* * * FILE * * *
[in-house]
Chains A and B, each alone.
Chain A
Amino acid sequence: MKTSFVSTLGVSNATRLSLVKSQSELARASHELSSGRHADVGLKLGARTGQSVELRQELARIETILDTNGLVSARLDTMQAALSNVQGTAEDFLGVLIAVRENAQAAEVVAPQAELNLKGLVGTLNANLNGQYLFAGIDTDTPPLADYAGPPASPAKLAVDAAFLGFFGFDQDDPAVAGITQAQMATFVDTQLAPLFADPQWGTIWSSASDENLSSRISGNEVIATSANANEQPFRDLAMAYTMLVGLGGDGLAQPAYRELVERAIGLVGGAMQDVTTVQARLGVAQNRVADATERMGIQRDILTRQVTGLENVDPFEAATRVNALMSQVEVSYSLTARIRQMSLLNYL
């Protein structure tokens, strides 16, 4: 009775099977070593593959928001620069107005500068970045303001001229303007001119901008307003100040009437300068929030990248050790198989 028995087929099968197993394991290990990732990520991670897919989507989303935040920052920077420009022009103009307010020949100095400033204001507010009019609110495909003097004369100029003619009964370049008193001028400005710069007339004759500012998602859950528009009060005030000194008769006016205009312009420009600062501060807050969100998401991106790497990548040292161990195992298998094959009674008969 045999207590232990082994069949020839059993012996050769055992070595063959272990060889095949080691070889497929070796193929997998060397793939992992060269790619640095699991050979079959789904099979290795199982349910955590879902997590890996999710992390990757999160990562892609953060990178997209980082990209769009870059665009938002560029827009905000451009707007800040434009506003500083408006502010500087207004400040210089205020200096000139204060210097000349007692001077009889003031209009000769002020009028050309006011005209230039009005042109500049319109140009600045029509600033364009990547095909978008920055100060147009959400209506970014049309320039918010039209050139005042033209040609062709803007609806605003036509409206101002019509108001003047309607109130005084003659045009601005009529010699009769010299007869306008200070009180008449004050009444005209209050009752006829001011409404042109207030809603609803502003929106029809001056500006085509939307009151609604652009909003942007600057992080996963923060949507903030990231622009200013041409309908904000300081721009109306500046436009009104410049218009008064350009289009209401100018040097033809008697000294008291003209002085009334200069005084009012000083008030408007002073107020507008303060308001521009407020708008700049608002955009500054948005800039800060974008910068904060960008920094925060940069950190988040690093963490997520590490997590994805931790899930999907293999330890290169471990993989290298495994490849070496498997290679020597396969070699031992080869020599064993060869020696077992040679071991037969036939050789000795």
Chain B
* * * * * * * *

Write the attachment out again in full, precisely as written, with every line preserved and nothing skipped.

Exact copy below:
[in-house]
Chains A and B, each alone.
Chain A
Amino acid sequence: MKTSFVSTLGVSNATRLSLVKSQSELARASHELSSGRHADVGLKLGARTGQSVELRQELARIETILDTNGLVSARLDTMQAALSNVQGTAEDFLGVLIAVRENAQAAEVVAPQAELNLKGLVGTLNANLNGQYLFAGIDTDTPPLADYAGPPASPAKLAVDAAFLGFFGFDQDDPAVAGITQAQMATFVDTQLAPLFADPQWGTIWSSASDENLSSRISGNEVIATSANANEQPFRDLAMAYTMLVGLGGDGLAQPAYRELVERAIGLVGGAMQDVTTVQARLGVAQNRVADATERMGIQRDILTRQVTGLENVDPFEAATRVNALMSQVEVSYSLTARIRQMSLLNYL
């Protein structure tokens, strides 16, 4: 009775099977070593593959928001620069107005500068970045303001001229303007001119901008307003100040009437300068929030990248050790198989 028995087929099968197993394991290990990732990520991670897919989507989303935040920052920077420009022009103009307010020949100095400033204001507010009019609110495909003097004369100029003619009964370049008193001028400005710069007339004759500012998602859950528009009060005030000194008769006016205009312009420009600062501060807050969100998401991106790497990548040292161990195992298998094959009674008969 045999207590232990082994069949020839059993012996050769055992070595063959272990060889095949080691070889497929070796193929997998060397793939992992060269790619640095699991050979079959789904099979290795199982349910955590879902997590890996999710992390990757999160990562892609953060990178997209980082990209769009870059665009938002560029827009905000451009707007800040434009506003500083408006502010500087207004400040210089205020200096000139204060210097000349007692001077009889003031209009000769002020009028050309006011005209230039009005042109500049319109140009600045029509600033364009990547095909978008920055100060147009959400209506970014049309320039918010039209050139005042033209040609062709803007609806605003036509409206101002019509108001003047309607109130005084003659045009601005009529010699009769010299007869306008200070009180008449004050009444005209209050009752006829001011409404042109207030809603609803502003929106029809001056500006085509939307009151609604652009909003942007600057992080996963923060949507903030990231622009200013041409309908904000300081721009109306500046436009009104410049218009008064350009289009209401100018040097033809008697000294008291003209002085009334200069005084009012000083008030408007002073107020507008303060308001521009407020708008700049608002955009500054948005800039800060974008910068904060960008920094925060940069950190988040690093963490997520590490997590994805931790899930999907293999330890290169471990993989290298495994490849070496498997290679020597396969070699031992080869020599064993060869020696077992040679071991037969036939050789000795």
Chain B